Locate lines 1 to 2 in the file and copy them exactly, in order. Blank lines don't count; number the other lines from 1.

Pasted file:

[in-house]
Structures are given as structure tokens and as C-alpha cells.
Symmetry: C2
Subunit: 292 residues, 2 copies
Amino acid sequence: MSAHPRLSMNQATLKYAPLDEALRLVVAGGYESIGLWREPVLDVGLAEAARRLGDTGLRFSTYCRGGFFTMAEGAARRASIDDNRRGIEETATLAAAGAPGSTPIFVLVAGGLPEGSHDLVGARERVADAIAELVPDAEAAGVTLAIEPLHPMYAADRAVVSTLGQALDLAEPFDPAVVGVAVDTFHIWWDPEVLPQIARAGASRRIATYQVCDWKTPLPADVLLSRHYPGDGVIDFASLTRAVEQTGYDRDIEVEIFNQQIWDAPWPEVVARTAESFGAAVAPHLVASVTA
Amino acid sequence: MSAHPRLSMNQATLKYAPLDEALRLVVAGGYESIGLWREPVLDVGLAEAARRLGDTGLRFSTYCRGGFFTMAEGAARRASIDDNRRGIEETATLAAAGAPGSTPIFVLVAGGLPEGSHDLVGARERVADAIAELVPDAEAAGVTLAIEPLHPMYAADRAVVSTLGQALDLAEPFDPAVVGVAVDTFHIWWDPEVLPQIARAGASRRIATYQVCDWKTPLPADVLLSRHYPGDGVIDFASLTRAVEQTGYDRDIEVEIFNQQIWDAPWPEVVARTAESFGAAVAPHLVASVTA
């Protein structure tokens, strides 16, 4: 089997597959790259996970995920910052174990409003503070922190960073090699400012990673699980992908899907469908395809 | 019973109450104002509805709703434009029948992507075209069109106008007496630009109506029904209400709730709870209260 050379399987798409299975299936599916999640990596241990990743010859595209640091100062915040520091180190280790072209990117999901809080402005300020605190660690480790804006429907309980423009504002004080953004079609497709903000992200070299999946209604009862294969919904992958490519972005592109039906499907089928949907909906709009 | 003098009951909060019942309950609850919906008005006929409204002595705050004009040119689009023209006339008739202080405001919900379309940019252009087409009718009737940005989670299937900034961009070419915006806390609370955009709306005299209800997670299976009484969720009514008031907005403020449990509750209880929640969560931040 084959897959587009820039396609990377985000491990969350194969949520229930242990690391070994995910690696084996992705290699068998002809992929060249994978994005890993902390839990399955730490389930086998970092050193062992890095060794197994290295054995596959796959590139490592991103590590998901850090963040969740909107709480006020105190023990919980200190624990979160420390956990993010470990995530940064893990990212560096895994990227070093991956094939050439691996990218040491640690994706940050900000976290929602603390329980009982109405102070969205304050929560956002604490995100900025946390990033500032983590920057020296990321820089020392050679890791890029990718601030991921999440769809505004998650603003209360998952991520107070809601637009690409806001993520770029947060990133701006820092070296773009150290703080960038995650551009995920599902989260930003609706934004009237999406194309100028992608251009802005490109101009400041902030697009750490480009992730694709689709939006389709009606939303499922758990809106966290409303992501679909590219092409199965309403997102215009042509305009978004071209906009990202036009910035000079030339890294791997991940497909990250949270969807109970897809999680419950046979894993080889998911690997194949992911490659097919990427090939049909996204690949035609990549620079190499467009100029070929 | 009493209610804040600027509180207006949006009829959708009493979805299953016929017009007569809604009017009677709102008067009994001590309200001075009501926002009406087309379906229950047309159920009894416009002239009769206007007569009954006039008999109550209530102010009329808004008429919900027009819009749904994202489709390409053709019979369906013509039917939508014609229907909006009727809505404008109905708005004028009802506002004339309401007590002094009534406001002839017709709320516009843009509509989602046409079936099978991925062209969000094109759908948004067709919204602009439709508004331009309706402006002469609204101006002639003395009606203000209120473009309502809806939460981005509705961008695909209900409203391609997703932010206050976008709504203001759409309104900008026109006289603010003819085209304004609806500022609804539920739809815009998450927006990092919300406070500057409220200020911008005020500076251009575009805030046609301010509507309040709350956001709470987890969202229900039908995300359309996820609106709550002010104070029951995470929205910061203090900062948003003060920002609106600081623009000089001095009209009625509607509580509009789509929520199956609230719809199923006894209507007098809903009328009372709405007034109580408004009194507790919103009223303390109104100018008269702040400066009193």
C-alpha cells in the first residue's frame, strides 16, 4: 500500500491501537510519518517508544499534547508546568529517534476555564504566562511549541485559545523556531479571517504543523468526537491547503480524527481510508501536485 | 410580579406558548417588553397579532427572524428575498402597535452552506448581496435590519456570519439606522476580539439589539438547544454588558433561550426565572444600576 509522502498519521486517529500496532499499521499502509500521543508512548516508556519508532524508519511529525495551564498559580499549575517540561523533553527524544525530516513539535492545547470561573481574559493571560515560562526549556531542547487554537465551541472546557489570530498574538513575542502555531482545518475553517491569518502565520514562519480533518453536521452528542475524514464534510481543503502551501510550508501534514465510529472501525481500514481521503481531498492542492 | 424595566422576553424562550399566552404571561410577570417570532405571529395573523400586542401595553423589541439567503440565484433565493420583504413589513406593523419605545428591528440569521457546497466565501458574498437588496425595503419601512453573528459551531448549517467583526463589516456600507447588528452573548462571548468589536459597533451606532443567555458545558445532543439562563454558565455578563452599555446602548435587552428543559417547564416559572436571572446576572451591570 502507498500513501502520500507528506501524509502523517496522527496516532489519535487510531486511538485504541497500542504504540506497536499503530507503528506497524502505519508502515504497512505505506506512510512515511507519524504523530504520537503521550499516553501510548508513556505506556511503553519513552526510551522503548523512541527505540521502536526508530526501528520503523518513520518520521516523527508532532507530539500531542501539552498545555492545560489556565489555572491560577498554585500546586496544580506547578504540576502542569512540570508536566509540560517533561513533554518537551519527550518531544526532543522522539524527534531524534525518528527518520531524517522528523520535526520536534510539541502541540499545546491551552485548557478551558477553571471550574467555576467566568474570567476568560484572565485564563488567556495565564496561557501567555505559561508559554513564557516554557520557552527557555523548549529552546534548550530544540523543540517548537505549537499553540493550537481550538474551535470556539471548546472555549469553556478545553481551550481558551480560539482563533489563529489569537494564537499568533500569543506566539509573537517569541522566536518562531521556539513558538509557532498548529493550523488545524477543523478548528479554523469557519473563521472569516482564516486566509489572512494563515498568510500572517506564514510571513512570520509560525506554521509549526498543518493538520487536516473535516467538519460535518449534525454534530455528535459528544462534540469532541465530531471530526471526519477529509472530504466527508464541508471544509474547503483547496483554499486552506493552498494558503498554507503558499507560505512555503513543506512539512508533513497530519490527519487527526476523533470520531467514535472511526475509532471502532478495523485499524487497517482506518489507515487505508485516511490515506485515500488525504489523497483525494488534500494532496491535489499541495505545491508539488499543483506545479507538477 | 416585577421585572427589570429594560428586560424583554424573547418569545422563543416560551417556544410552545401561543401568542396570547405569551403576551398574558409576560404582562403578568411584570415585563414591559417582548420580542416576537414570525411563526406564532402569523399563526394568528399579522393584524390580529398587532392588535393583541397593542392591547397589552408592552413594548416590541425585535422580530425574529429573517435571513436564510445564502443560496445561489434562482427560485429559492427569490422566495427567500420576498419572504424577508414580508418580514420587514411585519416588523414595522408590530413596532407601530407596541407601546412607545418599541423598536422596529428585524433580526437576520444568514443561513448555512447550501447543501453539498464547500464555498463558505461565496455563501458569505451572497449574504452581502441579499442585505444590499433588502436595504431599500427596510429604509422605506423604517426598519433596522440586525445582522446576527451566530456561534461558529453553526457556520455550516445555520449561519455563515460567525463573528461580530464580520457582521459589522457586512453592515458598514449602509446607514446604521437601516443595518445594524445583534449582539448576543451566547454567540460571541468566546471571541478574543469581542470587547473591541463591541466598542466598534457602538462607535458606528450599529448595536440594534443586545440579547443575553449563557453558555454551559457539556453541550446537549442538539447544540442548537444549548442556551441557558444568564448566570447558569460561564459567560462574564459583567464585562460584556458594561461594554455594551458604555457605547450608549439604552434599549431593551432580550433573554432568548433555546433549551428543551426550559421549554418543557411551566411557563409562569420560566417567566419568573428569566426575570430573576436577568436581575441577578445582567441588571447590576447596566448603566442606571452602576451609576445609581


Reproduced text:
[in-house]
Structures are given as structure tokens and as C-alpha cells.